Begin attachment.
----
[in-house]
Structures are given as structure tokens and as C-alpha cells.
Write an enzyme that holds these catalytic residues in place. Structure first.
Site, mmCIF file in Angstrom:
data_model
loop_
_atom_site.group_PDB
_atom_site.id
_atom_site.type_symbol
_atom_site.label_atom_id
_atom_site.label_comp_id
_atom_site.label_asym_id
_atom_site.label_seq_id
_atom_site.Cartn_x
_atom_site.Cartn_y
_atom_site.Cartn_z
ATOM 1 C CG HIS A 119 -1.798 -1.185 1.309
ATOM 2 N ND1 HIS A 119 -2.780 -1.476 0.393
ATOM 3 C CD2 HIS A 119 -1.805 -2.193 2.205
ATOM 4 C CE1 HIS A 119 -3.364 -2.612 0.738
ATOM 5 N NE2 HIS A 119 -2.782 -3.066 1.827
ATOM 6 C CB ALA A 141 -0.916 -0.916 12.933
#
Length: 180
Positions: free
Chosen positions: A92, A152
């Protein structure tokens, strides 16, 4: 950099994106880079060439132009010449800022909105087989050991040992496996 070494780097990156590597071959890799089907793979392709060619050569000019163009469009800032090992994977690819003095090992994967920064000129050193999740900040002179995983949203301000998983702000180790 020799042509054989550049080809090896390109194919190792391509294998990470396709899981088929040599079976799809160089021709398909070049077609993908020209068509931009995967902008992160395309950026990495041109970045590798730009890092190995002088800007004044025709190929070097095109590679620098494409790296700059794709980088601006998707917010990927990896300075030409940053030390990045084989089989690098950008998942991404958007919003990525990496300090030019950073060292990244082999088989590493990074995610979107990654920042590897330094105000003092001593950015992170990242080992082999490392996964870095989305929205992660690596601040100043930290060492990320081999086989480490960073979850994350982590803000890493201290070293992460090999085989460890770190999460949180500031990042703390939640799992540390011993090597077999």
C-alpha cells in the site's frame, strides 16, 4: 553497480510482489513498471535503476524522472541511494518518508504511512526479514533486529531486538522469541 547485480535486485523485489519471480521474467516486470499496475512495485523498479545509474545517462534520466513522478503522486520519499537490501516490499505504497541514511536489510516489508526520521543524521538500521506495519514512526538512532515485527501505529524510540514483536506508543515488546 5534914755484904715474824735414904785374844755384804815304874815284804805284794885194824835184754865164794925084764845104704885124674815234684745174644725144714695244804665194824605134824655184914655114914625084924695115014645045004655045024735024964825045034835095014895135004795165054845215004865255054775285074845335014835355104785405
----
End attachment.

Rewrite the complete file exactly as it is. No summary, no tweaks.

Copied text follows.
[in-house]
Structures are given as structure tokens and as C-alpha cells.
Write an enzyme that holds these catalytic residues in place. Structure first.
Site, mmCIF file in Angstrom:
data_model
loop_
_atom_site.group_PDB
_atom_site.id
_atom_site.type_symbol
_atom_site.label_atom_id
_atom_site.label_comp_id
_atom_site.label_asym_id
_atom_site.label_seq_id
_atom_site.Cartn_x
_atom_site.Cartn_y
_atom_site.Cartn_z
ATOM 1 C CG HIS A 119 -1.798 -1.185 1.309
ATOM 2 N ND1 HIS A 119 -2.780 -1.476 0.393
ATOM 3 C CD2 HIS A 119 -1.805 -2.193 2.205
ATOM 4 C CE1 HIS A 119 -3.364 -2.612 0.738
ATOM 5 N NE2 HIS A 119 -2.782 -3.066 1.827
ATOM 6 C CB ALA A 141 -0.916 -0.916 12.933
#
Length: 180
Positions: free
Chosen positions: A92, A152
């Protein structure tokens, strides 16, 4: 950099994106880079060439132009010449800022909105087989050991040992496996 070494780097990156590597071959890799089907793979392709060619050569000019163009469009800032090992994977690819003095090992994967920064000129050193999740900040002179995983949203301000998983702000180790 020799042509054989550049080809090896390109194919190792391509294998990470396709899981088929040599079976799809160089021709398909070049077609993908020209068509931009995967902008992160395309950026990495041109970045590798730009890092190995002088800007004044025709190929070097095109590679620098494409790296700059794709980088601006998707917010990927990896300075030409940053030390990045084989089989690098950008998942991404958007919003990525990496300090030019950073060292990244082999088989590493990074995610979107990654920042590897330094105000003092001593950015992170990242080992082999490392996964870095989305929205992660690596601040100043930290060492990320081999086989480490960073979850994350982590803000890493201290070293992460090999085989460890770190999460949180500031990042703390939640799992540390011993090597077999």
C-alpha cells in the site's frame, strides 16, 4: 553497480510482489513498471535503476524522472541511494518518508504511512526479514533486529531486538522469541 547485480535486485523485489519471480521474467516486470499496475512495485523498479545509474545517462534520466513522478503522486520519499537490501516490499505504497541514511536489510516489508526520521543524521538500521506495519514512526538512532515485527501505529524510540514483536506508543515488546 5534914755484904715474824735414904785374844755384804815304874815284804805284794885194824835184754865164794925084764845104704885124674815234684745174644725144714695244804665194824605134824655184914655114914625084924695115014645045004655045024735024964825045034835095014895135004795165054845215004865255054775285074845335014835355104785405